This means the full scholarship award is paid one time, in one lump sum, typically for the fall semester of freshman year of college. Payment details can be found in the Scholarship Profile, under “Award Amount and Payment Procedure.”
This means the scholarship award is split between more than one semester or school year and is paid periodically. (For example: A $2,000 scholarship award may pay $1,000 during the fall of freshman year and $1,000 during the fall of sophomore year.) The recipient must verify their continued eligibility between each payment. Payment details can be found in the Scholarship Profile, under “Award Amount and Payment Procedure.”
For applications open in the spring, scholarship selection committees recommend recipients between March-May, depending on the scholarship’s application deadline.
For scholarships through other entities, or for applications that have fall deadlines, selection committees typically make their decisions within a month of the application deadline.
Here are our most commonly used terms. If you do not find a term on the list below that you are unsure of, please reach out to [email protected] for further help.
Graduating seniors are currently high school seniors, on track to graduate high school in the upcoming spring. Graduates include both current, graduating seniors and also students who have graduated from high school previously.
This means education obtained from an institution of higher education that is attended after high school. High school is “secondary” education.
An undergraduate is a student pursuing a bachelor’s degree (typically a 4-year degree) at a college or university or a student pursuing a 2-year associate degree program at a college, community college, or vocational/technical school.
Accreditation is a process of recognition that a school meets or exceeds certain academic standards. The Community Foundation only sends scholarships to schools that are accredited to ensure legitimacy of the receiving organizations. Students can obtain information about a school’s accreditation from the school.
The Community Foundation uses eligibility criteria surrounding these three terms. Let’s use Marketing as an example:
Traditional students are defined as students who have graduated high school and continue to pursue post-secondary education immediately following their high school graduation, not taking a gap year(s).
Non-traditional students are students who have either previously graduated college at least 1 year prior, or taken a gap year(s) before/during college, or are returning to pursue post-secondary education later in life.
The Community Foundation generally considers a student taking 12 credits per semester as being a full-time student and 6-11 credits per semester as being a part-time student. This is how most post-secondary institutions define full-time and part-time. However, this can vary based on the school’s credit/point system. Students can review their intended college’s website to find out the credit point system the school uses. Most of the Community Foundation’s scholarships are for students who take 6 or more credits per semester.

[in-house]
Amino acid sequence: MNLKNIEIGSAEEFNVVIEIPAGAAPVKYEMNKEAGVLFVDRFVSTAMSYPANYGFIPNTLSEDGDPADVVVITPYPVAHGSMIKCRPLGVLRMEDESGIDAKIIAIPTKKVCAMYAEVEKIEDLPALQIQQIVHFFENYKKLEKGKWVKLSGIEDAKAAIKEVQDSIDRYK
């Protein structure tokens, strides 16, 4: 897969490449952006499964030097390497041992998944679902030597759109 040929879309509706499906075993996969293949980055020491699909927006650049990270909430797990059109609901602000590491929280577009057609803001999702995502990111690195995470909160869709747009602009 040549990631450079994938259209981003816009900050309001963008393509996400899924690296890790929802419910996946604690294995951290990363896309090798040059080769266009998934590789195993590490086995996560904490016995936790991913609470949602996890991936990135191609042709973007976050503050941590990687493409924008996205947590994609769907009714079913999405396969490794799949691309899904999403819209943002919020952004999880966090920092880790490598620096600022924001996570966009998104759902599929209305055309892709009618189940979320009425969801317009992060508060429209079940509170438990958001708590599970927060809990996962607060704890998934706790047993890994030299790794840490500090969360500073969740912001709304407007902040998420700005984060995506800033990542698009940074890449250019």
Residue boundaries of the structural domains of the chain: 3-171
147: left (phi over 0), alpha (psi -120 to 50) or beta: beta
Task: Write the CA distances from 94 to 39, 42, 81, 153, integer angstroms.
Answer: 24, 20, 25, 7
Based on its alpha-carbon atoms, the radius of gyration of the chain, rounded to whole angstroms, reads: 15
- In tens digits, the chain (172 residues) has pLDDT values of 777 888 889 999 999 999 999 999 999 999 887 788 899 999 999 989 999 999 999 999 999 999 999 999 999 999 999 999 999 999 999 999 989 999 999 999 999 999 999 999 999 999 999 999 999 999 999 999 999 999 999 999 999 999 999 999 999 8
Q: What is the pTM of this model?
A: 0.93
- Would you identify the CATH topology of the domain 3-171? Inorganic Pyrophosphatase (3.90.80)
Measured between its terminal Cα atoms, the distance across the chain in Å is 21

If your college has a different credit/point system (for example, the school might be on a trimester schedule with 9 credits per trimester being full-time), please reach out to [email protected] to request that we update your application to reflect that you are still a full-time student, even if you are taking fewer than 12 credits. When you reach out, please provide proof of the school’s alternate credit/point system.
When the scholarship criteria list includes a preference, it means that, while a certain factor is not required, it could increase an applicant’s likelihood of being chosen as a recipient.
Our website (as most websites do) offers a translator. At the bottom of any page on our website, you can find a Google symbol with a drop-down menu of languages. Select your preferred language from the available choices and our website is automatically translated by using Google translate. This functionality extends to all written text on our website, but does not apply to graphs or attached documents, such as PDFs. (Disclaimer: Google’s translator functionality is not perfect, so some of the information may read differently or incorrectly.)
The recipient’s congratulatory packet (mailed or emailed) will list instructions for their next steps and will include details on the award received. All recipients need to create accounts on the Community Foundation’s Scholarship Portal to accept their awards. This Applicant Tutorial resource is designed to help new users navigate the Portal to locate award information and any assigned follow-up forms.
Recipients can view the instructions document here.
If your phone number, mailing address, or email address has changed, log into the Community Foundation’s Scholarship Portal and update your profile information.
The Community Foundation staff will approve the Scholarship Acceptance Form submission in July. After that, the Scholarship Verification Form will become available for you to submit. if you have any questions or there is special urgency in your scholarship payment processing, please reach out to [email protected].
The Community Foundation sends the scholarship payments directly to the recipient’s school, designated to the recipient’s student account.
Renewable scholarship awards are split between semesters or academic years and are paid periodically. The recipient must verify their continued eligibility between each scholarship payment.
The Community Foundation’s Scholarship Portal has two steps for applicants to begin claiming their award:
1. Scholarship Acceptance Form
2. Scholarship Verification Form(s)